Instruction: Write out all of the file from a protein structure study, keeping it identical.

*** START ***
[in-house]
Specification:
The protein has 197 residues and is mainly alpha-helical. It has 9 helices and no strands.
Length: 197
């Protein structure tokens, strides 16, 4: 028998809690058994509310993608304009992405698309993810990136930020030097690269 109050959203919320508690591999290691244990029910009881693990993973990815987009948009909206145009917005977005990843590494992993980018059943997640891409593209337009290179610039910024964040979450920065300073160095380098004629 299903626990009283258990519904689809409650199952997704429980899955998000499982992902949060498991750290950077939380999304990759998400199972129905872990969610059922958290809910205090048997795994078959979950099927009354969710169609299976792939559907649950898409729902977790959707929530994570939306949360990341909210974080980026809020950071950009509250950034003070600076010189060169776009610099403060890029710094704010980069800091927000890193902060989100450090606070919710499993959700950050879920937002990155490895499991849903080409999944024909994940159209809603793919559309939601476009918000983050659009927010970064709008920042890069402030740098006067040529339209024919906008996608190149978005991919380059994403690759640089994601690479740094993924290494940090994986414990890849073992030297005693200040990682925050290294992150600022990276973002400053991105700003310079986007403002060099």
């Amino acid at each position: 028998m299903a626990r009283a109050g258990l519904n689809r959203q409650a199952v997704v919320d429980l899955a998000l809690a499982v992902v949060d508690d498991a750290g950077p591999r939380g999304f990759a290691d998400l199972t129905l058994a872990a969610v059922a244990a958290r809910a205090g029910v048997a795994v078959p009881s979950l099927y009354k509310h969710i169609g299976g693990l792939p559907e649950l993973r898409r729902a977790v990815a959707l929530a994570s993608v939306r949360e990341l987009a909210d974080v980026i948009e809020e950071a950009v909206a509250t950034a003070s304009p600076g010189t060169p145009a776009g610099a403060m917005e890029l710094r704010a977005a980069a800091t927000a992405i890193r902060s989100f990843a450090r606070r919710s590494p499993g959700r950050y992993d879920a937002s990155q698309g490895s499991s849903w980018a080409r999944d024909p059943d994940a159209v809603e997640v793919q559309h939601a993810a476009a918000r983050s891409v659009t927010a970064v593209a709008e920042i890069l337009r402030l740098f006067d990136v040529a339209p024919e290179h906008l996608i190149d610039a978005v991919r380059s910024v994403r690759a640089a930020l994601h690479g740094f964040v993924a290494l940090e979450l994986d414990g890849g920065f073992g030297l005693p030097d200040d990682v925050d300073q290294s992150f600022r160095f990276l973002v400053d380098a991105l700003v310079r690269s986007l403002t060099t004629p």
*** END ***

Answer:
[in-house]
Specification:
The protein has 197 residues and is mainly alpha-helical. It has 9 helices and no strands.
Length: 197
């Protein structure tokens, strides 16, 4: 028998809690058994509310993608304009992405698309993810990136930020030097690269 109050959203919320508690591999290691244990029910009881693990993973990815987009948009909206145009917005977005990843590494992993980018059943997640891409593209337009290179610039910024964040979450920065300073160095380098004629 299903626990009283258990519904689809409650199952997704429980899955998000499982992902949060498991750290950077939380999304990759998400199972129905872990969610059922958290809910205090048997795994078959979950099927009354969710169609299976792939559907649950898409729902977790959707929530994570939306949360990341909210974080980026809020950071950009509250950034003070600076010189060169776009610099403060890029710094704010980069800091927000890193902060989100450090606070919710499993959700950050879920937002990155490895499991849903080409999944024909994940159209809603793919559309939601476009918000983050659009927010970064709008920042890069402030740098006067040529339209024919906008996608190149978005991919380059994403690759640089994601690479740094993924290494940090994986414990890849073992030297005693200040990682925050290294992150600022990276973002400053991105700003310079986007403002060099």
């Amino acid at each position: 028998m299903a626990r009283a109050g258990l519904n689809r959203q409650a199952v997704v919320d429980l899955a998000l809690a499982v992902v949060d508690d498991a750290g950077p591999r939380g999304f990759a290691d998400l199972t129905l058994a872990a969610v059922a244990a958290r809910a205090g029910v048997a795994v078959p009881s979950l099927y009354k509310h969710i169609g299976g693990l792939p559907e649950l993973r898409r729902a977790v990815a959707l929530a994570s993608v939306r949360e990341l987009a909210d974080v980026i948009e809020e950071a950009v909206a509250t950034a003070s304009p600076g010189t060169p145009a776009g610099a403060m917005e890029l710094r704010a977005a980069a800091t927000a992405i890193r902060s989100f990843a450090r606070r919710s590494p499993g959700r950050y992993d879920a937002s990155q698309g490895s499991s849903w980018a080409r999944d024909p059943d994940a159209v809603e997640v793919q559309h939601a993810a476009a918000r983050s891409v659009t927010a970064v593209a709008e920042i890069l337009r402030l740098f006067d990136v040529a339209p024919e290179h906008l996608i190149d610039a978005v991919r380059s910024v994403r690759a640089a930020l994601h690479g740094f964040v993924a290494l940090e979450l994986d414990g890849g920065f073992g030297l005693p030097d200040d990682v925050d300073q290294s992150f600022r160095f990276l973002v400053d380098a991105l700003v310079r690269s986007l403002t060099t004629p």